William “Cat” Anderson, who played trumpet with Duke Ellington, told Ellington biographer Stanley Dance that musicians at the South Carolina orphanage where he was raised in the 1930s “were setting riffs and each taking a ‘Boston,’ as they called solos back then.” Jimmy Rushing, best known for his work with Count Basie, told jazz writer Fred Binkley that in the late 1920s “when a guy took a solo,” it was called “a Boston.”
But no one says that anymore. What happened to this link between Beantown and jazz?
The connection between the two began, oddly enough, with the Boston waltz, a slower version of its German ancestor — “performed with deliberation” and “syncopation,” according to “Social Dancing of Today,” a 1914 compendium. The piano accompaniment featured the left hand in the bass on the first and third beats, with the right hand adding a chord on the second and fourth. It came to be called “playing a Boston,” and “take a Boston” meant soloing against it.
When “playing a Boston” migrated to jazz, “taking a Boston” came with it, with the implication that the solo would be hot. Rex Stewart, another Ellington trumpeter, said that Benny Carter, an alto sax who more than one jazz critic said couldn’t play the blues, had “never baked beans for us, not real Boston style.” James P. Johnson walked into a New York restaurant one night in the 1920s, spotted a trombonist and trumpeter he knew, and said to Willie “The Lion” Smith: “These are the bimbos that I told you I heard out in the Windy City, and you can bet a man that they can get off on them horns and blow a ‘Boston’ that will swing you into bad health.”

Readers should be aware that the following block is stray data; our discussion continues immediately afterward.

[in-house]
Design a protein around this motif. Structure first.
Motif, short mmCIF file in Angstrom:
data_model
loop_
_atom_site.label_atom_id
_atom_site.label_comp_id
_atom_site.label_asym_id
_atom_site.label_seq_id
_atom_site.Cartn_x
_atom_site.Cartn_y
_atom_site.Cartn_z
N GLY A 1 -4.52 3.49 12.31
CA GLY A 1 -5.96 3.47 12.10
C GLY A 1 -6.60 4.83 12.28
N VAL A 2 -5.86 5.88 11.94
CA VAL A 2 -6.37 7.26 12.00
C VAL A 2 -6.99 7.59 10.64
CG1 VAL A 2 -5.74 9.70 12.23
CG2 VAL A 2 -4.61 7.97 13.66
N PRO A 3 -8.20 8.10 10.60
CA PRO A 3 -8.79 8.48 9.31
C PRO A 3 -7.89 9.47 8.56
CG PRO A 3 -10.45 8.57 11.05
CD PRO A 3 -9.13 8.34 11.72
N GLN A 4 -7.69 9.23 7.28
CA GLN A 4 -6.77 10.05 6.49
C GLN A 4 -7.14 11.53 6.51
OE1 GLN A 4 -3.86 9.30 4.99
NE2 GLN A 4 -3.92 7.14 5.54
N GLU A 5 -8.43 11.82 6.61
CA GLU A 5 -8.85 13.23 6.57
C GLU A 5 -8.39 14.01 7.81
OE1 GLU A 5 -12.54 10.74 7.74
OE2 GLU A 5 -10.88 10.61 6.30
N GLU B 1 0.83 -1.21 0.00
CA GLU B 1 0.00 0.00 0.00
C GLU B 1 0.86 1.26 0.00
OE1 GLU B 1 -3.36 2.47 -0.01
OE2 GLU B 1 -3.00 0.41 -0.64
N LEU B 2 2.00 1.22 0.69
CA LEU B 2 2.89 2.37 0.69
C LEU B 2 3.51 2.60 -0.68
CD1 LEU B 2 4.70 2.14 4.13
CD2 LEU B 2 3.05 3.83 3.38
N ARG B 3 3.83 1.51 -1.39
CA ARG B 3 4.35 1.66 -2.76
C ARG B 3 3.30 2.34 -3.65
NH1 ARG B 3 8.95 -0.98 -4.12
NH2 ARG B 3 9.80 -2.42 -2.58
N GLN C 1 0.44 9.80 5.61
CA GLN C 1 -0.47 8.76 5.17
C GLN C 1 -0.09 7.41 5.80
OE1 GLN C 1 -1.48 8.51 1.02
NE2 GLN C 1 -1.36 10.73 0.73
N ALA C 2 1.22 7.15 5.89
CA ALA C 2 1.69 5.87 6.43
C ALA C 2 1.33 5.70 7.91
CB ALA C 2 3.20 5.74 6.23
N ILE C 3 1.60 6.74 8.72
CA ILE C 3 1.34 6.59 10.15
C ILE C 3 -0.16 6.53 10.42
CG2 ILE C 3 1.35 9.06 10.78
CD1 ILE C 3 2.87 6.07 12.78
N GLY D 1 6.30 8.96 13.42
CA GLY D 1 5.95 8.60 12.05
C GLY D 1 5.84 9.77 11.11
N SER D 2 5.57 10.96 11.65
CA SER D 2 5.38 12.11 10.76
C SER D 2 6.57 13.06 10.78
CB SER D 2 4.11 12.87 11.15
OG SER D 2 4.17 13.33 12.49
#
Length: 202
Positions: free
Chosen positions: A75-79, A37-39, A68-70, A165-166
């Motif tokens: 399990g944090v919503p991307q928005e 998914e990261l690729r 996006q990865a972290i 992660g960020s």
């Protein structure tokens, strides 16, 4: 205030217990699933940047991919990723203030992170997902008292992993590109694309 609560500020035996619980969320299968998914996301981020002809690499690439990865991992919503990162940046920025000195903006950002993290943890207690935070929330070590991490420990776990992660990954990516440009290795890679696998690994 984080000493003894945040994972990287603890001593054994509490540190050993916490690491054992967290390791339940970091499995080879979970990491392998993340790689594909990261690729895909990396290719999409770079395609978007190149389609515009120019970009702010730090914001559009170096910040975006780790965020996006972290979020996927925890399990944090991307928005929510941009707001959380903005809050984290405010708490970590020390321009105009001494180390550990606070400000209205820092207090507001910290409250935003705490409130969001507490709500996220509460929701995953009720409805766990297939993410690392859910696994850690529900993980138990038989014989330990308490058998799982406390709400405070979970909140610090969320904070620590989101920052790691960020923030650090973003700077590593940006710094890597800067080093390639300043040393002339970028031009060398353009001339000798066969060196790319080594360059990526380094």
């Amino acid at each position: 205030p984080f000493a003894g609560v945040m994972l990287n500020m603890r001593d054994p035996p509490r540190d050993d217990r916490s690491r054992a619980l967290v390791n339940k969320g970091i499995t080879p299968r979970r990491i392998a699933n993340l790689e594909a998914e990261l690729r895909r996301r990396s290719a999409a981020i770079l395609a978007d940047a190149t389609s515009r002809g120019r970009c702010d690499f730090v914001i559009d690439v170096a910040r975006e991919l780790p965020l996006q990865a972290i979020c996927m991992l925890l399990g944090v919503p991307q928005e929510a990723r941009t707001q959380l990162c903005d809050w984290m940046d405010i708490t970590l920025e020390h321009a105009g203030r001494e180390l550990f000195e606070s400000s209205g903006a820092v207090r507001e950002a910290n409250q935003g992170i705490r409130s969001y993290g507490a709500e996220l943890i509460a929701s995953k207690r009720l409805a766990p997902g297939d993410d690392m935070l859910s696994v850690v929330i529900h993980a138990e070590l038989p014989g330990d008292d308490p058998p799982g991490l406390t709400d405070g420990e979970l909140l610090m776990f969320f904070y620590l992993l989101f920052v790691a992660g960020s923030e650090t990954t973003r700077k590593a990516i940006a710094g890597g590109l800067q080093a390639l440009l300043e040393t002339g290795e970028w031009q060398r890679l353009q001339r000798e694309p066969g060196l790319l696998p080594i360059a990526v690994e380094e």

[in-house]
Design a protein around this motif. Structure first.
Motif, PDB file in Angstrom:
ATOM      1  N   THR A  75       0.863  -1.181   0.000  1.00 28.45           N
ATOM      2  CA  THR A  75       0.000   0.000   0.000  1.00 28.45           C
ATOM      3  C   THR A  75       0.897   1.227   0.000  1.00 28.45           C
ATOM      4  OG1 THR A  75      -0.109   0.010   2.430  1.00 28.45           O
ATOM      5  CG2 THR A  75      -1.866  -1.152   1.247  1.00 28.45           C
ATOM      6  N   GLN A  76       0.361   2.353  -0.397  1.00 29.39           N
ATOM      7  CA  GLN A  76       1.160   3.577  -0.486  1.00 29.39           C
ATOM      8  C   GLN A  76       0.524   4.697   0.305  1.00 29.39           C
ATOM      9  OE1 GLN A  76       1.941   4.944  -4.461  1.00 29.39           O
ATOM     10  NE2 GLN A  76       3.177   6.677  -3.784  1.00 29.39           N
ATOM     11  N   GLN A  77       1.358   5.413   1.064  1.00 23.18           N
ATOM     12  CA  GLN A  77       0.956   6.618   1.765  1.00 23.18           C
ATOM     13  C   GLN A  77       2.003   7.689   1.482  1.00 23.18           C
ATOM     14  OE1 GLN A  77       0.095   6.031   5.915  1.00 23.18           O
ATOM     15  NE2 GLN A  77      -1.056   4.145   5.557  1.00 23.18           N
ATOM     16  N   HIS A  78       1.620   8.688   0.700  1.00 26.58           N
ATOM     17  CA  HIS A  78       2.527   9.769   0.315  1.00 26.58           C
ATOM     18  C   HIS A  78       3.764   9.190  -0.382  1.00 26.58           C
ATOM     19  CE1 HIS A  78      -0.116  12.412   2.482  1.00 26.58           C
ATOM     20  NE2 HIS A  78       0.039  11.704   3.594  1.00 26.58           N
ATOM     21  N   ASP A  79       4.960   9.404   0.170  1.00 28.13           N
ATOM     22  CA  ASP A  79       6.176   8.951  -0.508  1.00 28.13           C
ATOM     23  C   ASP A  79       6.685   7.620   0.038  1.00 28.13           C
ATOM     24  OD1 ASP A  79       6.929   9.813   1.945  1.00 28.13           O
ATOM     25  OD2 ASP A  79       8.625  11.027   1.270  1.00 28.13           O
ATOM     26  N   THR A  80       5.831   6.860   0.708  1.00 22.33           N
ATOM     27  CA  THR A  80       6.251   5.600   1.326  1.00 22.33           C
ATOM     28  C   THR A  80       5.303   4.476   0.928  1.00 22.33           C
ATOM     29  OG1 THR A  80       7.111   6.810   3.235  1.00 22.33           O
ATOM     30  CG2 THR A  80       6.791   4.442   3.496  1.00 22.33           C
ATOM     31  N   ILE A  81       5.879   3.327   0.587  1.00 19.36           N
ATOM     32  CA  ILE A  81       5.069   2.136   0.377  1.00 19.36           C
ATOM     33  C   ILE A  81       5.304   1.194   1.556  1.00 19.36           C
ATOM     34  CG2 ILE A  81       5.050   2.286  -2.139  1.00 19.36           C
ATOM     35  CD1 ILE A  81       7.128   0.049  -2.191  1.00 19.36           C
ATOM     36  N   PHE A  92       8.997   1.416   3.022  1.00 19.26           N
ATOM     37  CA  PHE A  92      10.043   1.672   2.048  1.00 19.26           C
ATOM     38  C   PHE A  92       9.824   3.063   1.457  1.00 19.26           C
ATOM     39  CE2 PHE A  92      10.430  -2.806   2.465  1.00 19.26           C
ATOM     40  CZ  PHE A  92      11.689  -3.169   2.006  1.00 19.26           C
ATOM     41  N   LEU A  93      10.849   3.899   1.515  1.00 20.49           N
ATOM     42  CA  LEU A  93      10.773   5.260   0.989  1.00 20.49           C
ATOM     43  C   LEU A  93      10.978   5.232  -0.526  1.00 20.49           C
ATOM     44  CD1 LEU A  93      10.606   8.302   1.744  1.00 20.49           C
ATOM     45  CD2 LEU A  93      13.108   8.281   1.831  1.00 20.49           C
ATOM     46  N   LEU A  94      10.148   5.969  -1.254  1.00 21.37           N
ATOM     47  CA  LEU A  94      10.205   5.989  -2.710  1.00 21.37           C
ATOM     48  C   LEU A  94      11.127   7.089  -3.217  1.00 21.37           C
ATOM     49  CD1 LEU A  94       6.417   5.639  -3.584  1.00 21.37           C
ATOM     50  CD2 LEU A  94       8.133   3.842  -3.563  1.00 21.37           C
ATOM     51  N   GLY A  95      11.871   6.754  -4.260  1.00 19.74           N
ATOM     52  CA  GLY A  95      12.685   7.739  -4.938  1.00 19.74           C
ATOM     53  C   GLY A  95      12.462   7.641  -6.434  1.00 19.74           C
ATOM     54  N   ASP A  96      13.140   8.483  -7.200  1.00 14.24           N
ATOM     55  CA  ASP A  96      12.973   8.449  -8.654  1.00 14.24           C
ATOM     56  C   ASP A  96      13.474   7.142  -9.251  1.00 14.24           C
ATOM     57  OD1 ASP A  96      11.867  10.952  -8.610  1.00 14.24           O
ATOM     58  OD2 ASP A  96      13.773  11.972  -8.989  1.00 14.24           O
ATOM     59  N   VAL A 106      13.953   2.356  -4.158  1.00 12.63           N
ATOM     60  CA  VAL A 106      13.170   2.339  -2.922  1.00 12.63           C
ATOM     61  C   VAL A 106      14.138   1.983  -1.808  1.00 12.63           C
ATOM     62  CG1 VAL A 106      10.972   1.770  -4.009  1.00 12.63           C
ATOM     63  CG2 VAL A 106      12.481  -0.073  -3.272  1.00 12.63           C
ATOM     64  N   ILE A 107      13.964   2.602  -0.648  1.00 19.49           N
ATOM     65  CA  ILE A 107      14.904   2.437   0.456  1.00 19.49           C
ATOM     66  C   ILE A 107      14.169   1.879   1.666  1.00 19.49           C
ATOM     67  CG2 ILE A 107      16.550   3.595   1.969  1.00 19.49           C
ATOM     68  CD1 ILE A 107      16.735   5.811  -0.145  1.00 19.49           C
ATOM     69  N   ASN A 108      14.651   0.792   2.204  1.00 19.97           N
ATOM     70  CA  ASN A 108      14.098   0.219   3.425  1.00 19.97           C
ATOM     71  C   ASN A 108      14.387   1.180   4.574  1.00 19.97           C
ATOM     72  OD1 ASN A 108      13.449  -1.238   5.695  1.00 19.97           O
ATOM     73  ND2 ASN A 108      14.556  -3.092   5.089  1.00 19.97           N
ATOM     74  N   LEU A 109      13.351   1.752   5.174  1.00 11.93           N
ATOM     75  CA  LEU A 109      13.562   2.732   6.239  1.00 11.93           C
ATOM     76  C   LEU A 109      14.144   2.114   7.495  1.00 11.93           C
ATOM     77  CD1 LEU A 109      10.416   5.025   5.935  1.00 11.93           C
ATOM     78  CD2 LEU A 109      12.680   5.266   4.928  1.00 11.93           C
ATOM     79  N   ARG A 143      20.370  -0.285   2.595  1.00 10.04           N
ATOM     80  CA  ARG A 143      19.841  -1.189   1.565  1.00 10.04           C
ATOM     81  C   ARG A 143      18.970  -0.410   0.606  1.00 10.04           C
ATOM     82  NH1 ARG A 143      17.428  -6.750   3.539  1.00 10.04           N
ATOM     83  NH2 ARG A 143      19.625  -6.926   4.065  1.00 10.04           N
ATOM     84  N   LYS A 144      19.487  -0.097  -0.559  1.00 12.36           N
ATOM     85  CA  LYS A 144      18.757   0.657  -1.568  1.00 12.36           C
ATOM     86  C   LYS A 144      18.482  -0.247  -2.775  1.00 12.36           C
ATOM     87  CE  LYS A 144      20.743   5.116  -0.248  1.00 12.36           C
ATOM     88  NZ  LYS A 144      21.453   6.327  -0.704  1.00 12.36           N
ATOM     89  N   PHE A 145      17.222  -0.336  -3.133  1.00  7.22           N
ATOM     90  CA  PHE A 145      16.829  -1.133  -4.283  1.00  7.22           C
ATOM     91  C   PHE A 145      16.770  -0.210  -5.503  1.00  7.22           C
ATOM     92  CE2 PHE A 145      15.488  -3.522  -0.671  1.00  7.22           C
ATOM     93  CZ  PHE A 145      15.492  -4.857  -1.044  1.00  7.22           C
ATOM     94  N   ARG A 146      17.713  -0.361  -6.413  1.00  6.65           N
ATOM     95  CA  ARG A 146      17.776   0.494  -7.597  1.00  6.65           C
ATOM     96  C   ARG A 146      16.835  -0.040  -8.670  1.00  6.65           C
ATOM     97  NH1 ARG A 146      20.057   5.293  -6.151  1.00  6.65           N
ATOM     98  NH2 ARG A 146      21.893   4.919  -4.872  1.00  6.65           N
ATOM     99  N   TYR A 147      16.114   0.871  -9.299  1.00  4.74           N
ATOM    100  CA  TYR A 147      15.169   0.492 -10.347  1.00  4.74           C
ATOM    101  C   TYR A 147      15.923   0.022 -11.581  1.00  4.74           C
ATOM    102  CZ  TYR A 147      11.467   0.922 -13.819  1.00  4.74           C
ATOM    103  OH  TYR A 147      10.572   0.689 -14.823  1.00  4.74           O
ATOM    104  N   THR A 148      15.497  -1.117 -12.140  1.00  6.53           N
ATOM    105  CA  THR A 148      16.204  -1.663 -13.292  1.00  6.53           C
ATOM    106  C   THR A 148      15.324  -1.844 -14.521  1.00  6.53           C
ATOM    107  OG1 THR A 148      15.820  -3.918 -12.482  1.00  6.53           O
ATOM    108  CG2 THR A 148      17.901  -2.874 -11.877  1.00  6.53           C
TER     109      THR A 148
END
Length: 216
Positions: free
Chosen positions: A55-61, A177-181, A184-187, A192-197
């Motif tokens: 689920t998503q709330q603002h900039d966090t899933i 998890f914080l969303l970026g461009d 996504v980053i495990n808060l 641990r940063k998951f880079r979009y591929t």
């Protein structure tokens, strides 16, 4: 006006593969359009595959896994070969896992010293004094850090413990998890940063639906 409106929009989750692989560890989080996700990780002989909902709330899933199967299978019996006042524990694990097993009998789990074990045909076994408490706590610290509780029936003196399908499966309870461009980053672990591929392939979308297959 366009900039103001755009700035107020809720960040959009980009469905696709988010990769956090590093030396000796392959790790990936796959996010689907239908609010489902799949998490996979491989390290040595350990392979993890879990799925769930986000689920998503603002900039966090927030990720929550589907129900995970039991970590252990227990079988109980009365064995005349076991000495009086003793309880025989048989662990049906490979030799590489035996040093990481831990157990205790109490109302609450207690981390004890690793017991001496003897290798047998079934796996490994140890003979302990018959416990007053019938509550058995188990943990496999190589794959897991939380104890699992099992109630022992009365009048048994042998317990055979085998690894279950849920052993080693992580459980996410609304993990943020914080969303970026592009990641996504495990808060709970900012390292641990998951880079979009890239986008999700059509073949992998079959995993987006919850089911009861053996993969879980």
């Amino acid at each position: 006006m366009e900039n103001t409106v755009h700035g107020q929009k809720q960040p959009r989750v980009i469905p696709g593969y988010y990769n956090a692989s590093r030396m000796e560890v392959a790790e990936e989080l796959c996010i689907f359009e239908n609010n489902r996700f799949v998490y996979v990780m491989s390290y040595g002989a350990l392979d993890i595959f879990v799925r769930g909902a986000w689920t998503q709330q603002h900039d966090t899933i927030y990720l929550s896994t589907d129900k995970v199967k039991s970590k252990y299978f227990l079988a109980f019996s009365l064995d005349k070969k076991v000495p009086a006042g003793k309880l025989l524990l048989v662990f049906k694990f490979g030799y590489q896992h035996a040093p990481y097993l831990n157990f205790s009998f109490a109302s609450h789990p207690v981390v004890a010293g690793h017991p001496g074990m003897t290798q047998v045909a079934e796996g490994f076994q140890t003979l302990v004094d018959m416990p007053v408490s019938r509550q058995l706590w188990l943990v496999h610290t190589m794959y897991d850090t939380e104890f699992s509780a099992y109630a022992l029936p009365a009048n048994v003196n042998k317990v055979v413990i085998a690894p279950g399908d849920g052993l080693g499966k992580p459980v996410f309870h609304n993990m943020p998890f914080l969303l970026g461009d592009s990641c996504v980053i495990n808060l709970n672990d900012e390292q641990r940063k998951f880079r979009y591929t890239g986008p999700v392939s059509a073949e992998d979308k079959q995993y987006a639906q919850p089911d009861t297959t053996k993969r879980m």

You had to earn the right to take a Boston. When Joe “Tricky Sam” Nanton first joined Ellington’s orchestra, Duke didn’t let him solo even though the trombonist played his parts capably. Finally, saxophonist Otto Hardwick spoke up on Nanton’s behalf: “For Christ’s sake,” he said to Ellington. “How long are you gonna let this man sit here without taking a Boston?”
Over time, “taking a Boston” died out, perhaps because “playing a Boston” acquired a bad connotation. When Thelonious Monk appeared on the scene in the early 1940s, fellow pianist Herbie Nichols gave one of his albums a negative review, accusing him of just playing a Boston when he should have been more creative.
Decades later, jazz record producer Michael Cuscuna came across the review and asked an old-time musician, Worcester native Jaki Byard, what the phrase meant. Byard tried to explain it in words but eventually, as Cuscuna walked past his piano, Byard launched into the left-hand/right-hand pattern and yelled “This is a Boston!”
Con Chapman is the author of “Rabbit’s Blues: The Life and Music of Johnny Hodges,” from Oxford University Press.